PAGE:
While The Similars did win the Best Latin-American Feature Film at the Sitges International Fantastic Film Festival (Spain) in October 2015 and was also screened at Fantastic Fest (Texas), the largest genre film festival in North America, the film’s critical reception was not as widespread or enthusiastic as the one he got for The Incident the previous year. Why? First of all The Incident was a debut feature. It was new and Ezban was an unknown director. The praise for the ultra-low budget film reflected that sense of novelty and the discovery of a new talent. As well The Incident’s more fulsome engagement with Ezban’s Mexican heritage was noticeable in comparison to The Similars. While The Similars was also clearly set in Mexico with identifiable Mexican characters (e.g. the shamanistic old Indian woman or the decrepit stationmaster sitting for 30 years behind the bars of his ticket window), the world of the “real” Mexico was mediated by radio broadcasts making it seem a bit far off and distant, almost an alien planet. The Incident on the other hand had a covert sense of Mexican identity, both in its settings and its themes. Since it was Ezban’s second feature film script it displayed a greater maturity, even though it was his first release. Nevertheless the two films should be considered conjoined twins since they were made almost back-to-back. For example, the theme of the twisted child re-appears in The Incident in the figure of the cop, who reveals that he is a troubled boy from the family vacation, who is the only one to escape the time-trap of the previous cycle (Ignacio from The Similars becomes an equivalent escapee). Ezban has inserted a great deal of background information on the two films on the IMDB website under the heading “Trivia.” These entries represent his own take on the conception and realization of each production. But the factual information on influences ( Sci-Fi heroes like Phillip K. Dick or Ray Bradbury, TV Series like “The Twilight Zone” and “Lost” or recent films like Inception and Cloud Atlas) and the descriptions of how the scripts and the films came to be do not always provide complete insight into the director’s genius.
Ezban’s Cultural Grammars
When The Guardian review of the Fantastic Fest of 2014 pointed to The Incident’s “peculiar internal logic” it was referring to the Ezban’s successful portrayal of disrupted space and time, which are presented in such an effective way as to have the audience believe in the film’s premise that someone can be trapped in a spatial void in which the body ages and dies without any possibility of escape. The characters find themselves in a new world looks like the ordinary one they just left but which operates on completely different principles. In The Similars this abrupt change causes paranoia, much like the entrapped characters in the classic Canadian sci-fi horror film, The Cube (1997). Variety rightly said that “the concept is the star” because Ezban doesn’t have the finances to attract the best actors. But what are the sources (other than the ones he lists on the web) of his ideas? We have to look at his cultural grammars, especially those beyond generic tropes which he has adapted. By cultural grammars I mean the ideas that auteurs inherit from their society and carry over into art. The linguist, Anna Wierzbicka, describes cultural grammars as “a set of subconscious rules that shape a people’s way of thinking, feeling, speaking, and interacting.”  Cultural grammars are ideological constructions that we carry within our consciousness and which sometimes migrate into our subconscious. They help determine the identities that we accord various entities. Schools, faith communities, families, the media, etc. are all fonts of cultural grammars. So are comic books, graphic novels, films, video games and other created universes.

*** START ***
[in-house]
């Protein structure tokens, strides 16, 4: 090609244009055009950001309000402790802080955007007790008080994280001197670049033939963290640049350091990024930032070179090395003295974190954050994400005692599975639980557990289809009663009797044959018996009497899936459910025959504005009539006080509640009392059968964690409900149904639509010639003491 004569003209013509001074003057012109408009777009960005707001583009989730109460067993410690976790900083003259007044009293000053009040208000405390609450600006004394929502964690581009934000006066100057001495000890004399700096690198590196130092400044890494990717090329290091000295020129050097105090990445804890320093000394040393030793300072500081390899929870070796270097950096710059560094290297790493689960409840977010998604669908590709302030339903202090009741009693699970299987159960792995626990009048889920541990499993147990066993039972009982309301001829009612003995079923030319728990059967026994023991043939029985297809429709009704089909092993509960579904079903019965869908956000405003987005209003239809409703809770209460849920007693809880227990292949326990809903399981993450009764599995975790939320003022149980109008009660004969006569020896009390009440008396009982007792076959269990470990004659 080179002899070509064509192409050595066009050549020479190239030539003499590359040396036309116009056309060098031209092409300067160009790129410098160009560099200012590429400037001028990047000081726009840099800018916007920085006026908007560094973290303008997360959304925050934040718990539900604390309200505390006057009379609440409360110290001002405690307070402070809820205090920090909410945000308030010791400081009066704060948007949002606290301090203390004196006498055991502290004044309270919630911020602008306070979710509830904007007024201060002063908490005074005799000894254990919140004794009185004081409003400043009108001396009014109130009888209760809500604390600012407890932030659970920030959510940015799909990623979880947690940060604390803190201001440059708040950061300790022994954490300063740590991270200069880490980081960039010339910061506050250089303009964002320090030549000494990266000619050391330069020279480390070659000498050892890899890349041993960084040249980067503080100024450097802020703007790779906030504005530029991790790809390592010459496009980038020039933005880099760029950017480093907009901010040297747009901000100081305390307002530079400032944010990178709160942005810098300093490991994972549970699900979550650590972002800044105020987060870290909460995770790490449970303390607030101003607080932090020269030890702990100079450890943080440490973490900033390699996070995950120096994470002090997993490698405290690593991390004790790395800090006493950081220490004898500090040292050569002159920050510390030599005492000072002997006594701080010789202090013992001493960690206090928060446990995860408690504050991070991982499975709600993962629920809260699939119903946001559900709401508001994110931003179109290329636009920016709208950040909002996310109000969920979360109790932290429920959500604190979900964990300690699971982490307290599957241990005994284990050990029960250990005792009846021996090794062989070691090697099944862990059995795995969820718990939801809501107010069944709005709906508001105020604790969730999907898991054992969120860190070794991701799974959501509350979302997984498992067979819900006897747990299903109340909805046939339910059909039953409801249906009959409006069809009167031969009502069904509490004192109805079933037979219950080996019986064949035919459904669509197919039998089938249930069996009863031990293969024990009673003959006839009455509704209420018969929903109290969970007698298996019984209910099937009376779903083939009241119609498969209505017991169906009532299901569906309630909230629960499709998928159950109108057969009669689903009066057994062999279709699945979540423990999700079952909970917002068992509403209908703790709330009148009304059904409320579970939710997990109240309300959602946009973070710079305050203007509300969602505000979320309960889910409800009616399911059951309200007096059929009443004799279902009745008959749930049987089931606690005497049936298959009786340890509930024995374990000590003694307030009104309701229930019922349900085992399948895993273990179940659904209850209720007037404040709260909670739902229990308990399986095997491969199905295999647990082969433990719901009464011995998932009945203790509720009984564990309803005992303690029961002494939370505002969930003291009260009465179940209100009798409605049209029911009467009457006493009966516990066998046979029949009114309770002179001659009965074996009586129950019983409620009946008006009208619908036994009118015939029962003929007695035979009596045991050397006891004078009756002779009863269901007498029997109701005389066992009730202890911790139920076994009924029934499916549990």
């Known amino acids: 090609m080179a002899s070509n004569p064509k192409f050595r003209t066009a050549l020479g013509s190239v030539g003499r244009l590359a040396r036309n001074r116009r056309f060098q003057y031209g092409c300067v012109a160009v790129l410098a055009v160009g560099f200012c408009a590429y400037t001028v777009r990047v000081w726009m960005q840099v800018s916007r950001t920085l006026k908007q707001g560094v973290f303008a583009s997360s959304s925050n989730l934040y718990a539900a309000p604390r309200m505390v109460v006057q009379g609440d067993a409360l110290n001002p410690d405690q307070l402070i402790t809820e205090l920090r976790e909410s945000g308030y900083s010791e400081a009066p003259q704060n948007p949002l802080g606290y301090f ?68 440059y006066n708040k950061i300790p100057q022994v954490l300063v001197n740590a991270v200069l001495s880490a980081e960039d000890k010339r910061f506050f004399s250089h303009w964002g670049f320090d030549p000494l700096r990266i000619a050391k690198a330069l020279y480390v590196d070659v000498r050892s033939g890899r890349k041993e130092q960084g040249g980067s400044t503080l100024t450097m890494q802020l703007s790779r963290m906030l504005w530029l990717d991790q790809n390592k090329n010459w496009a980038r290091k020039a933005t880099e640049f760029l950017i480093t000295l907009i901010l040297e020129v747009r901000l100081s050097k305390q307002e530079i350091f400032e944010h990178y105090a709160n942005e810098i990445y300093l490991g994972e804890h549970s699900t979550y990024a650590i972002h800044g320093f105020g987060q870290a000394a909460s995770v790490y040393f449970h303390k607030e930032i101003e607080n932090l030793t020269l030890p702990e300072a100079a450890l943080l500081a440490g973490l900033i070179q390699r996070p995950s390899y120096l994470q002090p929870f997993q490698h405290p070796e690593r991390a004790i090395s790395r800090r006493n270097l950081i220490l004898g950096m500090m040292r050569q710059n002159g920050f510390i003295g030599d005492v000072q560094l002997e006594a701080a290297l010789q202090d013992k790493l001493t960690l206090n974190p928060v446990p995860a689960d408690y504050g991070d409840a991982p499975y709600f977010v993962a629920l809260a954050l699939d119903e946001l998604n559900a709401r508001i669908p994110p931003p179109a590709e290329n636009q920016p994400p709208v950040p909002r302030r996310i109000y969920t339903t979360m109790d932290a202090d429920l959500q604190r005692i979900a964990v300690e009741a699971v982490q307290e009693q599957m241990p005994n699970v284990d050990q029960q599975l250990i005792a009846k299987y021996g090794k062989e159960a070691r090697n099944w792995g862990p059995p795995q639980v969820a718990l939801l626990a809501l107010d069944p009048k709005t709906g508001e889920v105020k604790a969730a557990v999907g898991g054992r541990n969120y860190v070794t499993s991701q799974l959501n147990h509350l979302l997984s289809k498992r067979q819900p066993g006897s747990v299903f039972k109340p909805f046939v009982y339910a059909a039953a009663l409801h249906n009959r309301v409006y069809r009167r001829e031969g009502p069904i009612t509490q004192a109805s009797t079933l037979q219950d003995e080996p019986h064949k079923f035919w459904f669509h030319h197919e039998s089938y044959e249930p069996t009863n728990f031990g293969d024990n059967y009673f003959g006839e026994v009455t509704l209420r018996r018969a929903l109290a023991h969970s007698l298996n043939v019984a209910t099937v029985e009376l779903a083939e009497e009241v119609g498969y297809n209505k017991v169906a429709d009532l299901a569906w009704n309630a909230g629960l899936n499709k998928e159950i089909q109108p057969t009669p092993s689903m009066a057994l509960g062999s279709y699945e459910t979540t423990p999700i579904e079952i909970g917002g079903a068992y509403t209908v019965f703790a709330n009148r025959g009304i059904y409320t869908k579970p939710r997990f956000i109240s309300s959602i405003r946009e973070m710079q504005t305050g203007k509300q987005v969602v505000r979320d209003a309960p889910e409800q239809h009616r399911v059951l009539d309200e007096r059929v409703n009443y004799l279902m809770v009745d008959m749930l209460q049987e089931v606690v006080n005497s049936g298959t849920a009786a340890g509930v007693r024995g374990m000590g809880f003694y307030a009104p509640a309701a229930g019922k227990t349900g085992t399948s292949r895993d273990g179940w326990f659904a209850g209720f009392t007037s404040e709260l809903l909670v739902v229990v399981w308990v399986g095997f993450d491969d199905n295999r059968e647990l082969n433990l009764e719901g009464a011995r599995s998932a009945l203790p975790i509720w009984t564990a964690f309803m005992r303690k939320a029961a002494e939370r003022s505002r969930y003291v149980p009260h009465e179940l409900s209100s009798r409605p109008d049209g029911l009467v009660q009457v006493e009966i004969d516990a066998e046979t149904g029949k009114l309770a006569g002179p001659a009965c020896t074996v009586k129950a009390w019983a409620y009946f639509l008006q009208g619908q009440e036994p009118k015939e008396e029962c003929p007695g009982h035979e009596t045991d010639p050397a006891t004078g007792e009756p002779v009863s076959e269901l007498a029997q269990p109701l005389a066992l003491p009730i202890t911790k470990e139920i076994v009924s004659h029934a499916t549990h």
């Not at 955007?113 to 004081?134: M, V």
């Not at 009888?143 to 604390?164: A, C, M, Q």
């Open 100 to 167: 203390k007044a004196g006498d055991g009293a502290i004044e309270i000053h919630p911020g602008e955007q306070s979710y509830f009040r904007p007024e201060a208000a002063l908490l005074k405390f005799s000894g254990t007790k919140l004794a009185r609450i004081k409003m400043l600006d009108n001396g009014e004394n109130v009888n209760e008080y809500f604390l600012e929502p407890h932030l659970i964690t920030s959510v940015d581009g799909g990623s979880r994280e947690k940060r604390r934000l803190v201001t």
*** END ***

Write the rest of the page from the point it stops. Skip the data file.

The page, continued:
Among the key sources of cultural grammars are a filmmaker’s nationality and/or ethnicity; social class; gender; generation; sexual orientation; religion; and language. In the case of auteur directors like Ezban cultural grammars are especially important in the articulation of their art because the inspiration for their imaginations is rooted in their personal experiences and the worlds they have inhabited. For me the most important cultural grammar that distinguishes Ezban’s films is his Mexican-ness, which in turn is modified by his minority identity. He is a member of the tiny Jewish minority that lives in Mexico. He told me there are only about 40,000 in the whole country of 122 million. This is just an ethnic speck. His family is religiously observant. I had the honor of attending the Shabbat dinner at his parents’ home in Mexico City in February of 2015. It is a ritual that he has attended regularly throughout his life. Because I found the interplay of dualities in The Incident so striking (outside/inside; youth/old age; reality/fantasy), I came to suspect that belonging to a minority group ignites a sense of dualistic identity in which one both belongs to and yet remains outside a dominant identity, especially when that identity is presented in an idealistic or ideological way. Being Jewish in a culturally Catholic country like Mexico is bound to result in a dualistic identity. But what of this primary Mexican identity and what it has contributed to these two films?
In The Incident I found several examples of what I consider to be Mexican influences in a film that Ezban says was partially inspired by reading David Mitchell’s Cloud Atlas with its multiple narratives. Once he completed his own idea for the script, which he says was rooted in his personal experience of climbing with his father up a multi-floor stairwell to his grandmother’s for Shabbat dinner, Ezban ended up including, probably subconsciously, unintended expressions of his absorption of Mexican imagery and mythology. There is a scene in The Incident where one of the brothers creates a shrine to his late brother in the stairwell, which includes the man’s skeletal body. The skeleton-figure is typical of Mexican popular cultural imagery. It is an expression of Mexican Christianity rather than Ezban’s Jewish heritage.